28a  Letting a ruined medieval castle (8)
{TINTAGEL} – an anagram (ruined) of LETTING A produces the site of a medieval castle in North Cornwall where legend has it that King Arthur was born.

29a  In optimistic mood at college club (6)
{UPBEAT} – an informal adjective meaning in an optimistic mood is a charade of a word used to mean at college and a verb to club or strike.

Down Clues

1d  Extremely debatable — intended to make challenge (8)
{DEFIANCE} – the outer (extremely) letters of D(ebatabl)E are followed by a man who is betrothed (intended). The result is a word meaning challenge or rebelliousness.

2d  A leader of monks, I inferred (1,6)
{A PRIORI} – an adjectival phrase, from latin, meaning inferred or worked out from what has gone before comes from joining together A, a sort of vice-abbot and I.

3d  Play with lackey’s little dog (3,6)
{TOY POODLE} – this little dog is a verb to play with followed by a term for a lackey (Blair to Bush, say).

5d  Piano roll fixed by eccentric poet and novelist (6,8)
{JOANNA TROLLOPE} – this is an English lady novelist (who is a distant relation of and shares her surname with a more famous Victorian author). Start with a slang term for a piano (rhyming with the Cockney pronunciation of piano, i.e. piana) then insert (fixed by) ROLL inside an anagram (eccentric) of POET.

6d  Blow caught ruffian (5)
{CLOUT} – C(aught) (cricket abbreviation) is followed by a ruffian or hooligan.

7d  Going on popular means of transport (2,5)
{IN TRAIN} – a phrase meaning going on or being progressed comes from an informal adjective meaning popular or fashionable followed by a means of public transport.

8d  Grandma put up in French city (6)
{NANTES} – an affectionate term for grandma is followed by the reversal (up, in a down clue) of a verb to put to make a city in Western France.

9d  Kill article on wind (gas) (5,3,6)
{SHOOT THE BREEZE} – this is an informal (mainly North American) phrase meaning to gas or chew the fat (the last word being an informal term for a whispered rumour). It’s a charade of a verb to kill (with a bullet), a definite article and a slight wind.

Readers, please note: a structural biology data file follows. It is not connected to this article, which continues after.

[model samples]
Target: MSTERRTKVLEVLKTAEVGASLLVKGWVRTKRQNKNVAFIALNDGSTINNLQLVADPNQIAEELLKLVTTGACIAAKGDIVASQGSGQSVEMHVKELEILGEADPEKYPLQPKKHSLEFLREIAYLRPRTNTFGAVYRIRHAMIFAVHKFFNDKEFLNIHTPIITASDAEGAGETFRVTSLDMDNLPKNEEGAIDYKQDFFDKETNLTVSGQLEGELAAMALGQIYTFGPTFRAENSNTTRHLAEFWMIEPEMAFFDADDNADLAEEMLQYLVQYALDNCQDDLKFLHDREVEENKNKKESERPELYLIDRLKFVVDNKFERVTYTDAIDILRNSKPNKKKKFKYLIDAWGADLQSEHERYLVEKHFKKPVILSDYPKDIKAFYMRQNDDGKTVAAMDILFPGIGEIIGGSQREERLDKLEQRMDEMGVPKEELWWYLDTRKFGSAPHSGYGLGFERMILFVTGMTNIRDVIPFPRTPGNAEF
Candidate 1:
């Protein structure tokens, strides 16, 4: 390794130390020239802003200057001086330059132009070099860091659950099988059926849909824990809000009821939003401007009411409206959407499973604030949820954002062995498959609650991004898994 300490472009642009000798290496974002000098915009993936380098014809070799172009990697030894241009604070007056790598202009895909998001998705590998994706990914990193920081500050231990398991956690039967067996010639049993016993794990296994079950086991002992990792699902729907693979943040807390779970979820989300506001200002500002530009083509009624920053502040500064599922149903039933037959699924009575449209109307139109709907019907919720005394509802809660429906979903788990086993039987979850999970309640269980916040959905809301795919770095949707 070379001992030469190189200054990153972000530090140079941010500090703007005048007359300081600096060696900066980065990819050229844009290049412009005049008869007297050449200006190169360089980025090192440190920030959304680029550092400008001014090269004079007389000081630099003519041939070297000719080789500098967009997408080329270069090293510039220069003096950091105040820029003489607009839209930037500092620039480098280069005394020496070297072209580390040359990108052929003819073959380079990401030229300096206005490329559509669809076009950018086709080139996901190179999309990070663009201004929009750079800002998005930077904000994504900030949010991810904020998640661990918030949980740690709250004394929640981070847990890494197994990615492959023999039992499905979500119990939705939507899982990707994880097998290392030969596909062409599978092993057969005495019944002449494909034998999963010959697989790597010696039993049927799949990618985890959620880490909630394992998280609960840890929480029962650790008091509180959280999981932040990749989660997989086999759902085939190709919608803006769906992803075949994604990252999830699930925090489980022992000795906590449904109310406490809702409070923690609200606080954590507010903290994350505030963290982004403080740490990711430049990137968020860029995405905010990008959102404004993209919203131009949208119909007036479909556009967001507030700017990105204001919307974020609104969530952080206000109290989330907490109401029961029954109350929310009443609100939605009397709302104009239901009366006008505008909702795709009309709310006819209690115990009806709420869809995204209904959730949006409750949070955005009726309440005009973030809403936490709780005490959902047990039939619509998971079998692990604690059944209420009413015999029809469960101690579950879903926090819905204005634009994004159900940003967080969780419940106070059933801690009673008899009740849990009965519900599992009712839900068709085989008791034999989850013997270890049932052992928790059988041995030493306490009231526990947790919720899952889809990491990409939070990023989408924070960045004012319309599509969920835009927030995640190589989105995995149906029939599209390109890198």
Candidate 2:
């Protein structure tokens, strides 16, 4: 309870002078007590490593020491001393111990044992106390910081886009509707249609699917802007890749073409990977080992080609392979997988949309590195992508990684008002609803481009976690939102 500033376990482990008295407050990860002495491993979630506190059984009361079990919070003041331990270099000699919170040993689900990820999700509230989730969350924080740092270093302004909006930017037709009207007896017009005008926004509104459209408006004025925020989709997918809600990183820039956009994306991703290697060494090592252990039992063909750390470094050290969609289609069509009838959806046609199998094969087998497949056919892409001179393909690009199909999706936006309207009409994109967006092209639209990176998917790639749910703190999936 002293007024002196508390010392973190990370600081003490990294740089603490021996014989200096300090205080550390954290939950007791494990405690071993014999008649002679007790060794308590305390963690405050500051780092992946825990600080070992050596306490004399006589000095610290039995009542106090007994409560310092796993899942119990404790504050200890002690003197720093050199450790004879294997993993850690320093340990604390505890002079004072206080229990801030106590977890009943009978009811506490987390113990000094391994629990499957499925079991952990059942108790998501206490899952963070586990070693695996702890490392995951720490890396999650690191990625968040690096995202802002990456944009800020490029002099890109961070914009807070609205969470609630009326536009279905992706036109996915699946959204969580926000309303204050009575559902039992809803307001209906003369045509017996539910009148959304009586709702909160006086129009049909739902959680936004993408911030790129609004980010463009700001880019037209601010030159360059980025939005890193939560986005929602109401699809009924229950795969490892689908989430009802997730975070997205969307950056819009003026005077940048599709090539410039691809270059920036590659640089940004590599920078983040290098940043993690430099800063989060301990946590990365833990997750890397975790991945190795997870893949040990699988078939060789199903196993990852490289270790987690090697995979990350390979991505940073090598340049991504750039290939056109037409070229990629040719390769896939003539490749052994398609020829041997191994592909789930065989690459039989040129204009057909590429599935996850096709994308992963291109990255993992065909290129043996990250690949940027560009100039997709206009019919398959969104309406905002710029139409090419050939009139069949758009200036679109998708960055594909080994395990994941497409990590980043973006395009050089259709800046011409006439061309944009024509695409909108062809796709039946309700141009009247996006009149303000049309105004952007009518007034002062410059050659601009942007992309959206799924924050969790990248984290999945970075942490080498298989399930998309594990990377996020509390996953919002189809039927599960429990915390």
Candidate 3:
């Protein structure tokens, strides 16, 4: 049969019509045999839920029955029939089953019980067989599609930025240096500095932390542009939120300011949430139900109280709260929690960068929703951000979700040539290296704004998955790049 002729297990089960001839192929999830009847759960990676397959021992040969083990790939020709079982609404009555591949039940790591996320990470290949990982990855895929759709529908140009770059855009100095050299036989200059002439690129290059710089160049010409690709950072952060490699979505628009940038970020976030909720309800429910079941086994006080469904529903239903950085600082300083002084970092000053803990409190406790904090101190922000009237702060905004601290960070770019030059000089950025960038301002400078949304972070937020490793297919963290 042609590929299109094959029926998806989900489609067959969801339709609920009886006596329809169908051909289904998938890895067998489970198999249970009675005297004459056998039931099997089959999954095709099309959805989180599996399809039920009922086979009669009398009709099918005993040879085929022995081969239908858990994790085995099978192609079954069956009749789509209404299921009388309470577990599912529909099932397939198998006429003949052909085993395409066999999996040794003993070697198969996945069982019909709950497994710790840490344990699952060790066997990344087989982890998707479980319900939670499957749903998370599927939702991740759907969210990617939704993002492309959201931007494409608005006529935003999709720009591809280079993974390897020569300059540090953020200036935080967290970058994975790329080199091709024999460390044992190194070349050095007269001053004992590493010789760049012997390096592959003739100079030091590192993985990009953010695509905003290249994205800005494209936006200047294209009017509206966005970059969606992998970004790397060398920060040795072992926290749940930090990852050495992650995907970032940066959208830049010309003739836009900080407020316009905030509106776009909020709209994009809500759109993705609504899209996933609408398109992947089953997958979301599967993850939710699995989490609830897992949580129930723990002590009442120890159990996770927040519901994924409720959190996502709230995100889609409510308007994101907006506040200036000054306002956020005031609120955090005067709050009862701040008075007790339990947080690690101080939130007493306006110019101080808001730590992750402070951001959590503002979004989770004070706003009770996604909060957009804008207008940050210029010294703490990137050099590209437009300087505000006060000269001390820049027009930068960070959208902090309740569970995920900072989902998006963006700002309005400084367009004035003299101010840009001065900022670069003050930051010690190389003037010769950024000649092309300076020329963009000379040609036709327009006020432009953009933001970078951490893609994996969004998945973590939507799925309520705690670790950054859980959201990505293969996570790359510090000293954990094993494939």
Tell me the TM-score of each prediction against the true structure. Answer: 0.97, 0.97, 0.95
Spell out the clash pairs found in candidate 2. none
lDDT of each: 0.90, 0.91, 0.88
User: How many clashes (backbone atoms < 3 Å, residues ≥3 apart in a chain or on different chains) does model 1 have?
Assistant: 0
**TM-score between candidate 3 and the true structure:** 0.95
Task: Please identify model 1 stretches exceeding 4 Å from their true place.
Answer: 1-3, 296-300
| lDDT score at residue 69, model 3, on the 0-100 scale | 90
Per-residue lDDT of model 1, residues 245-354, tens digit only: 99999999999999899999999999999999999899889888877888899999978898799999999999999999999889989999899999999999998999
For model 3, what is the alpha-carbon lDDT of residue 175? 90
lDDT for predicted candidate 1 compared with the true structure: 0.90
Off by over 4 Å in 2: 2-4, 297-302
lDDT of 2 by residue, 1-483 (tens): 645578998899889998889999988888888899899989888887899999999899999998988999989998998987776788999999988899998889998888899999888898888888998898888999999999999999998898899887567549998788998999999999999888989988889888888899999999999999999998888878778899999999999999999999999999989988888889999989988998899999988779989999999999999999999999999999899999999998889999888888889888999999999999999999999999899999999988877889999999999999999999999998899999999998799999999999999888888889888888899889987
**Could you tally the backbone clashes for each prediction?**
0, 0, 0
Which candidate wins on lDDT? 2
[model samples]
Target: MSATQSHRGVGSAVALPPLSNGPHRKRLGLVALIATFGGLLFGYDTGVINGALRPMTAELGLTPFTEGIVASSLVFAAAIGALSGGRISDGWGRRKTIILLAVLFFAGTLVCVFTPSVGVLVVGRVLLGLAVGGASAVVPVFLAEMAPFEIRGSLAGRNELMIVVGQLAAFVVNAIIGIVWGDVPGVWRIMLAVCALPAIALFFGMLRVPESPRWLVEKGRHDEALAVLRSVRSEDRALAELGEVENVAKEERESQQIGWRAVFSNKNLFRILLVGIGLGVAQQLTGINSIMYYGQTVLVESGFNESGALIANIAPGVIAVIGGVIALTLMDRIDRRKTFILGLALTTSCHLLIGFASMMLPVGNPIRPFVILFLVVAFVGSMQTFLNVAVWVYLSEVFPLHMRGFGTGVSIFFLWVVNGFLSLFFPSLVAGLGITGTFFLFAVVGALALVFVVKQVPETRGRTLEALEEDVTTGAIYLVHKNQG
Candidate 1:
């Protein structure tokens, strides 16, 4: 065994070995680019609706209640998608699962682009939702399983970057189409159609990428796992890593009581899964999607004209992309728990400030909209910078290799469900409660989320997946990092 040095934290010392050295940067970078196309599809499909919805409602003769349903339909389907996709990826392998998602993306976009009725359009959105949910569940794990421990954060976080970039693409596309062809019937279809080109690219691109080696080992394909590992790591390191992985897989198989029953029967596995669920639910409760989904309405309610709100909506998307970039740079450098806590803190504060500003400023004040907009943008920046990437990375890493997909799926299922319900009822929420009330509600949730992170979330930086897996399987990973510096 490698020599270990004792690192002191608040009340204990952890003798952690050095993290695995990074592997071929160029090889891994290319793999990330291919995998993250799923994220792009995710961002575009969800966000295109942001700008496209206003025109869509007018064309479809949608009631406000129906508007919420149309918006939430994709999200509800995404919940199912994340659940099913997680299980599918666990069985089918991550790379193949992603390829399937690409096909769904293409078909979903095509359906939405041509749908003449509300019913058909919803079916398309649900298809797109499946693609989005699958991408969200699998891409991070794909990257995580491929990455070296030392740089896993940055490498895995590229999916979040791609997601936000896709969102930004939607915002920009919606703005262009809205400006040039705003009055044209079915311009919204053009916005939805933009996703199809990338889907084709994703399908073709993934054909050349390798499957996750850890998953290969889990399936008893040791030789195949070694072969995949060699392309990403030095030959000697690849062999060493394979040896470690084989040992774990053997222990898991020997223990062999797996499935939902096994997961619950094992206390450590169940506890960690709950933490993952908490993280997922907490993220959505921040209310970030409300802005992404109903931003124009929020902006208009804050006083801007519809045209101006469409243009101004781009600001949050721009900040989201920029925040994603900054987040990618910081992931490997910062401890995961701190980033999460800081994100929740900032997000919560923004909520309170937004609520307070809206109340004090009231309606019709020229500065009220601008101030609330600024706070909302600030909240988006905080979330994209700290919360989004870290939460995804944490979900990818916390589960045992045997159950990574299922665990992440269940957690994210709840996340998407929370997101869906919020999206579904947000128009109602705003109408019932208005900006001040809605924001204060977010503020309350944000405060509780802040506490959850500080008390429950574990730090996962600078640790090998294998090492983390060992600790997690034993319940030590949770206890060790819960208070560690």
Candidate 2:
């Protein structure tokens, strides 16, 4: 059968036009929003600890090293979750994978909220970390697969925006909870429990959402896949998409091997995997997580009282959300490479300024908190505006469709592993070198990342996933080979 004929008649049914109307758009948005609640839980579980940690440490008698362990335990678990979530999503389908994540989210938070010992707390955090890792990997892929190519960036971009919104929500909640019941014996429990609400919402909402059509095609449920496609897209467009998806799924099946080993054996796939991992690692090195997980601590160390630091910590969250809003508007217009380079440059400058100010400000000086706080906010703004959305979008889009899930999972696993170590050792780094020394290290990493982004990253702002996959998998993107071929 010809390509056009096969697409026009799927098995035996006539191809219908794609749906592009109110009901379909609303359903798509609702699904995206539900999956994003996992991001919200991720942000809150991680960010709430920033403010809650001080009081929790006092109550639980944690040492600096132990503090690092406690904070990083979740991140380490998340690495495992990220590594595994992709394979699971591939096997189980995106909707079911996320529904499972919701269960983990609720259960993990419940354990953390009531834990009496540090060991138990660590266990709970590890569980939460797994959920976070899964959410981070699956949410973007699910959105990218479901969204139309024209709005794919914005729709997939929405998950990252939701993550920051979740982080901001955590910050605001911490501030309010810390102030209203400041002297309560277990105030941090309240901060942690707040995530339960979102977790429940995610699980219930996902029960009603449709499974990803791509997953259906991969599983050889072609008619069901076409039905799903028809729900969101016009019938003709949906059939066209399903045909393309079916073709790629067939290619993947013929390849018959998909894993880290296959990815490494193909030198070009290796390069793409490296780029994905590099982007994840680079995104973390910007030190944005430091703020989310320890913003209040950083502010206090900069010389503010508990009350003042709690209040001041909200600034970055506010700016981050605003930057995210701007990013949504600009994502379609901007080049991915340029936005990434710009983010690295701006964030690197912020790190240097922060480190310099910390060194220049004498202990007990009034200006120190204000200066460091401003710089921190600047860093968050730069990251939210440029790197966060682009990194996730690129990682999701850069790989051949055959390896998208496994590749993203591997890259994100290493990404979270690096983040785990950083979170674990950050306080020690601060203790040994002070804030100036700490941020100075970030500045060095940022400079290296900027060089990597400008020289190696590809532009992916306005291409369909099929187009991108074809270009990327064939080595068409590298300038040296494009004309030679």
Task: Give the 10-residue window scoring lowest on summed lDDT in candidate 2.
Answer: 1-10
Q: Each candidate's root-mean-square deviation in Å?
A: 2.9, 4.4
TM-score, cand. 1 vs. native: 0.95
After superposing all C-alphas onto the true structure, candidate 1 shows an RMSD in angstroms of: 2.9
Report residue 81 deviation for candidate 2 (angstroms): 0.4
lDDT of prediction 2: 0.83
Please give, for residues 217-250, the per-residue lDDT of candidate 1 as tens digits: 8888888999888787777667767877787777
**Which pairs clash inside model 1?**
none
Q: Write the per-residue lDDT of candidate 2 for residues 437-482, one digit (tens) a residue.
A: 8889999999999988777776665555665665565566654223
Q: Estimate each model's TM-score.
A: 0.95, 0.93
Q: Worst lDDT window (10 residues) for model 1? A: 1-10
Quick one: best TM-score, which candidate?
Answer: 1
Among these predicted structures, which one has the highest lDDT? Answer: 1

16d  Take a tumble supporting cycle tour (5,4)
{ROUND TRIP} – a verb to take a tumble follows (supporting, in a down clue) a cycle or recurring series of events to make a tour.

17d  Scrap involving newspaper workers seen in ‘Financial Times’ (8)
{FRAGMENT} – a scrap or small piece comes from inserting (involving … seen in) a derogatory term for a downmarket newspaper and a synonym for workers inside the abbreviation for the pink paper.

19d  Dope in an inferior position? (3-4)
{LOW-DOWN} – double definition – an informal term for dope or confidential information and, without the hyphen, i.e. (3,4), a description of an inferior position.

21d  Sign one’s at home, inside, cooking (7)
{CUISINE} – a posh word for cooking, from French, comes from a sign or signal with I (one), the ‘S and the usual adverb for at home inside.

22d  Skilful with it, a rod at sea (6)
{ADROIT} – an anagram (at sea) of IT A ROD.

24d  Turned up to search a lake (5)
{GARDA} – this is the name of a lake in Northern Italy. Reverse (turned up, in a down clue) a verb to search an expanse of water (as a police frogman might do for a missing person) and follow this with A.